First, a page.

In response to:
A Great, Ignored Transformation? from the May 26, 2016 issue
To the Editors:
The greater part of Eamon Duffy’s review of my recent book, A History of Balance, 1250–1375, is thoughtful and attentive [NYR, May 26]. He strove to present the book’s overall argument—a challenging task given the argument’s many parts—and he was generous with his positive assessments. There were, however, a number of claims in the review’s final section that surprised me with their sharply dismissive tone. Limitations of space require that I respond to only one of these, but in doing so I hope I can respond in some measure to all.
Duffy offers a lengthy critique of my reading of the illuminated images in the Vie de Saint Denys, a wondrous manuscript produced under the direction of the Abbey of Saint Denis and presented to the French king, Philip V, in 1317. The tone is set in the opening sentence of this section, where he reduces his earlier rich description of my argument to what he now describes as its “monocausal explanation for the intellectual transformations of an entire age.” He then moves to dismiss out of hand the sharp disjunction I see between the images representing the lives of the martyrs in the upper registers of the page and the detailed images of commercial Paris in its lower registers. He argues that the recognition of such a split would be so indubitably detrimental to the reputation and interests of the abbey that its representation would never be permitted in a sumptuous manuscript intended for the king. I was aware of this interpretation before I offered mine, but I don’t think it either explains or can explain the images on the page.
My reading rests on a different set of assumptions. The disjunction between the upper and lower registers was, I believe, fully intentional—a clear representation of the abbey’s pointed critique of the commercial city and its inhabitants. Their sin was their inexcusable forgetfulness of their immense debt to the martyr Saint Denis, and, by extension, to the abbey dedicated to his holy memory. In making this case, the abbey was echoing a traditional monastic critique of the ignorant and careless world beyond the cloister—a world focused on the satisfaction of bodily rather than spiritual needs. Presenting these stark images of ignorance and indifference might well trouble the new king, but it might also move him—and have been intended to move him—to remedy the abbey’s perceived neglect with all the resources at his disposal.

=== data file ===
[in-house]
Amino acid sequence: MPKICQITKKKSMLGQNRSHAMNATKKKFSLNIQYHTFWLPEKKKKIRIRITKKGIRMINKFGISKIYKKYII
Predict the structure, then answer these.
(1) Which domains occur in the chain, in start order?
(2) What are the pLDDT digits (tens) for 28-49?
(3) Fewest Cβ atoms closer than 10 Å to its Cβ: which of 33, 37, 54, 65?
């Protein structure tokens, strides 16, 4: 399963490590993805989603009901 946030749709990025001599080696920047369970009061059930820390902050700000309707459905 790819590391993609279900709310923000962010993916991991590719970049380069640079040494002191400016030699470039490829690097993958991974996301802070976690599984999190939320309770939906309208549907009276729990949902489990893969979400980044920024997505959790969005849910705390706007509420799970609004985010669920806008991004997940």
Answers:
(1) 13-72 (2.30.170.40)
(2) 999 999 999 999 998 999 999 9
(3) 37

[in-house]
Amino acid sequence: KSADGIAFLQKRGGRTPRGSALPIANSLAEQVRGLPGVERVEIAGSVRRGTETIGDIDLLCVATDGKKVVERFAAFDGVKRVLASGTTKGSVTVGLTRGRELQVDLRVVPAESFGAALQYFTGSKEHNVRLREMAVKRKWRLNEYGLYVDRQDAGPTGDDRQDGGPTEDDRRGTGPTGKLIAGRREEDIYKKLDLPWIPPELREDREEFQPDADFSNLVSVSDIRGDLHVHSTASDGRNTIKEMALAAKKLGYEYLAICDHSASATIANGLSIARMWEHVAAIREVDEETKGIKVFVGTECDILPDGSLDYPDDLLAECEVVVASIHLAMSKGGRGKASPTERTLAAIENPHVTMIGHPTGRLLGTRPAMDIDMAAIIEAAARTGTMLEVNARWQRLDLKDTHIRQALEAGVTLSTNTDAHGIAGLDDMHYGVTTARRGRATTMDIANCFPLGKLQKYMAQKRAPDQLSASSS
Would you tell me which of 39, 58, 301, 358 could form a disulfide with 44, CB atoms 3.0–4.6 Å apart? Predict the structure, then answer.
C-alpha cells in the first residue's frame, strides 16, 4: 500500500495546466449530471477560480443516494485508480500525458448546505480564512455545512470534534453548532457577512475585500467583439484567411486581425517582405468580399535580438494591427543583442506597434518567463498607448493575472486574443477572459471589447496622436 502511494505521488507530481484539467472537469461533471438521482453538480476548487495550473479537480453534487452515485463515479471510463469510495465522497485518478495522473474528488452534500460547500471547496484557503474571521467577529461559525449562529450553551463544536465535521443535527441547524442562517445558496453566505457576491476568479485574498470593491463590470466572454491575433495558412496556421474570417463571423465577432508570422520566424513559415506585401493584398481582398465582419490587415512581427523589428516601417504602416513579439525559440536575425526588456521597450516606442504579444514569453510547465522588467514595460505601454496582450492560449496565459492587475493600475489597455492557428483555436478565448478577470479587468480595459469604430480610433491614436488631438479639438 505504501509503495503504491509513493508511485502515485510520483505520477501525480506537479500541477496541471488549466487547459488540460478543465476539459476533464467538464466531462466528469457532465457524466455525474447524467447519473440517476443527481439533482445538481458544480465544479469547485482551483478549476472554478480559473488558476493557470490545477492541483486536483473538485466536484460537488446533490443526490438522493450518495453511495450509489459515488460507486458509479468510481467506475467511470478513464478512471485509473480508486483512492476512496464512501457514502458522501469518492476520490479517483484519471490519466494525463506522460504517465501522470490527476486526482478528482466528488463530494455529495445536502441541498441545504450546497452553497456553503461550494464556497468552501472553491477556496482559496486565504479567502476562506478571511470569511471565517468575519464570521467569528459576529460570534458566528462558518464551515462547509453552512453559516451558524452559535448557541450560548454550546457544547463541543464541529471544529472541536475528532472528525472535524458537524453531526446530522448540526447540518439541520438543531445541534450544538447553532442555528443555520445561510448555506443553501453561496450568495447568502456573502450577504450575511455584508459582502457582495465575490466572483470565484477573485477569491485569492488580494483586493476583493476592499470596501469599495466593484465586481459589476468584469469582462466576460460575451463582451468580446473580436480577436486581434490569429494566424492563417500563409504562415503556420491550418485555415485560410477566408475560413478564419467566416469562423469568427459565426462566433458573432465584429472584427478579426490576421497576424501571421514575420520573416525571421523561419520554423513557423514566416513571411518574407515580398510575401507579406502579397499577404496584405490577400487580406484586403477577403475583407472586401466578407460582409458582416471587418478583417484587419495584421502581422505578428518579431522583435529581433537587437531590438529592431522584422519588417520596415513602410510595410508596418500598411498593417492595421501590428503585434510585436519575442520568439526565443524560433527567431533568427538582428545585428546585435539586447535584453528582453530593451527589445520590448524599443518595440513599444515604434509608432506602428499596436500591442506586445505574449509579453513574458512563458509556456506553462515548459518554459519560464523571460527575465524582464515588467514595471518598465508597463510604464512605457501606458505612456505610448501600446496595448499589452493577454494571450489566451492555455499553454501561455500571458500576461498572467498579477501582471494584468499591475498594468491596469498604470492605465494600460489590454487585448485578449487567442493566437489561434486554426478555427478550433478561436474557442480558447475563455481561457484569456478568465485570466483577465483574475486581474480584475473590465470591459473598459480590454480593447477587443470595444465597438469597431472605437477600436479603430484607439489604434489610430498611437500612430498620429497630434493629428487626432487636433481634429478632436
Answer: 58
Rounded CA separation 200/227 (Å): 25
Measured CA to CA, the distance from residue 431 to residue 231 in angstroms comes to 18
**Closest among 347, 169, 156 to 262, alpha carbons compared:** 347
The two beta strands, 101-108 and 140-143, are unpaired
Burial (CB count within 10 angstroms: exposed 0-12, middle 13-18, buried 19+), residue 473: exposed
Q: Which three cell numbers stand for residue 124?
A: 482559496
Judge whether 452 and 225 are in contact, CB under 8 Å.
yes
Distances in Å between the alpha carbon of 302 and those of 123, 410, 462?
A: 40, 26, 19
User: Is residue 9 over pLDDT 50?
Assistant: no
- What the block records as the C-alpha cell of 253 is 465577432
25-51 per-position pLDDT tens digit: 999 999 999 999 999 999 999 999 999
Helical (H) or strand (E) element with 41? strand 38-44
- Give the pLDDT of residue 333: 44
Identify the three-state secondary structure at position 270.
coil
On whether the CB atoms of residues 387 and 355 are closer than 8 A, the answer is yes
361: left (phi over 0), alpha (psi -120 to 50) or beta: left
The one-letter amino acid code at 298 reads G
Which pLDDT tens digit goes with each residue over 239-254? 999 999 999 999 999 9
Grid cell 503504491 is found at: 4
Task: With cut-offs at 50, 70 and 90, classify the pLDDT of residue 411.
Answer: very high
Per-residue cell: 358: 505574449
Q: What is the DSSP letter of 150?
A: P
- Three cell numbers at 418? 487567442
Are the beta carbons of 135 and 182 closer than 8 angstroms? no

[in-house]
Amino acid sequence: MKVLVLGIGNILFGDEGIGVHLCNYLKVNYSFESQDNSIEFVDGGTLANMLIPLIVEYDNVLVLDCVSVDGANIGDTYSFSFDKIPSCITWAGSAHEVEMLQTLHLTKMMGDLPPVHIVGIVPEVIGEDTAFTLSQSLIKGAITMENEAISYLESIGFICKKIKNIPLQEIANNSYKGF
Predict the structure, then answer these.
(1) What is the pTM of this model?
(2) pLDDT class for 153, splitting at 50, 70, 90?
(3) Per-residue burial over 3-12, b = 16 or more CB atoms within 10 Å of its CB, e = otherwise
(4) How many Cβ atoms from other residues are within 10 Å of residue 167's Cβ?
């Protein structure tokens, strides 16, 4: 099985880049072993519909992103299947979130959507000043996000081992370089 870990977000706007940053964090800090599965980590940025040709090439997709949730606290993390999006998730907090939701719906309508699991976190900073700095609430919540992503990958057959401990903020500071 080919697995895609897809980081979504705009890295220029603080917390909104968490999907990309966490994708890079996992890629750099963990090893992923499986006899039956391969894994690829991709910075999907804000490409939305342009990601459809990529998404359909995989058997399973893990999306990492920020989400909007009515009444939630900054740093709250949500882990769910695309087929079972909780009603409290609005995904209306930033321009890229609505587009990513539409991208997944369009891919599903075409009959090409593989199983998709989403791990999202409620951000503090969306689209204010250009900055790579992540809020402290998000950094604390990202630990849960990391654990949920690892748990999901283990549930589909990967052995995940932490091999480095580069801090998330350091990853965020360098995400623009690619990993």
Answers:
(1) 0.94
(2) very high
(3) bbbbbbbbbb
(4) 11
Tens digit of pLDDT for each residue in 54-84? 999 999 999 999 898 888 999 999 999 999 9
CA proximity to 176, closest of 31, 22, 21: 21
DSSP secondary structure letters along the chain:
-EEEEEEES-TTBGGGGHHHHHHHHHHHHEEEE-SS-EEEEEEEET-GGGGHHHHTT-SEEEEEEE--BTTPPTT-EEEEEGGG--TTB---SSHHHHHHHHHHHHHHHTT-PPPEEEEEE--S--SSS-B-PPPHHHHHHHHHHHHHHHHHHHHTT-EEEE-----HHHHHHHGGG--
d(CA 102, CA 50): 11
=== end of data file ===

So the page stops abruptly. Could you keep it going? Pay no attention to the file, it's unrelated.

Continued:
Since space is short, I must leave it to readers to assess my interpretation of these stunning cityscapes through the lens of balance, i.e., as early representations (thirty altogether!) of commercial Paris’s remarkable capacity to order itself and balance itself through its daily labors and exchanges. I continue to think that these scenes provide precious visual evidence for how it became possible, in this period, to see and experience the city as a self-regulating system.
Professor of History
New York City
Eamon Duffy replies:
Professor Kaye suggests that I have misunderstood his reading of the apparent “disjunction” between the legend of the saint and the representations of the secular life of fourteenth-century Paris in the illuminated Vie de Saint Denys. This disjunction, he now insists, was intended as “a clear representation of the abbey’s pointed critique of the commercial city and its inhabitants,” whose “sin” consisted in their “inexcusable forgetfulness of their immense debt to the martyr.” The contrast between the saint and the city in the upper and lower registers of the illuminations, therefore, was intended to articulate “a traditional monastic critique of the ignorant and careless world beyond the cloister.”
That is a perfectly possible reading of the images Kaye discusses. It is not, however, the one he offered in his book. At no point in his discussion of the Vie de Saint Denys illuminations there did he use the morally charged language of sin and guilt he has now introduced. He nowhere suggested that the representations of the city were intended as a critique of “inexcusable” sins of the city, or to condemn the citizens for ignoring their patron saint. While he did emphasize the “pointedly and inescapably different” (p. 270) worldviews he thinks implicit in the “hierocratic” and vertical worldview represented in the scenes from the life of the saint, and the “horizontal” world of “relativized meaning” in the city scenes (pp. 276–277), Professor Kaye at no point suggested that the contrast was intended by the artist to be read to the city’s discredit, or as a pointed monastic condemnation of the citizens.
On the contrary, he tells us that the city scenes were painted by a lay artist working “outside the monastery…among the same Paris streets that provided the subject for his city scenes” (p. 269). The resulting images form “a vibrant picture of commercial Paris at the height of its prosperity” (p. 270), and represent “the essence of the wonder of the modern city” (p. 281), “an image of plenty guaranteed by human labour,” in which “vertical striving has been replaced by horizontal exchange and interchange” (p. 282). The clear implication was that in these images the secular and relativistic life of the city found its own, positive, self-expression.
Far be it from me to tell Professor Kaye what he meant in that section of his learned and absorbing book. But I do not think that any unbiased reader would have found in his discussion of these illuminations the religious and moral censoriousness he now says he intended to describe.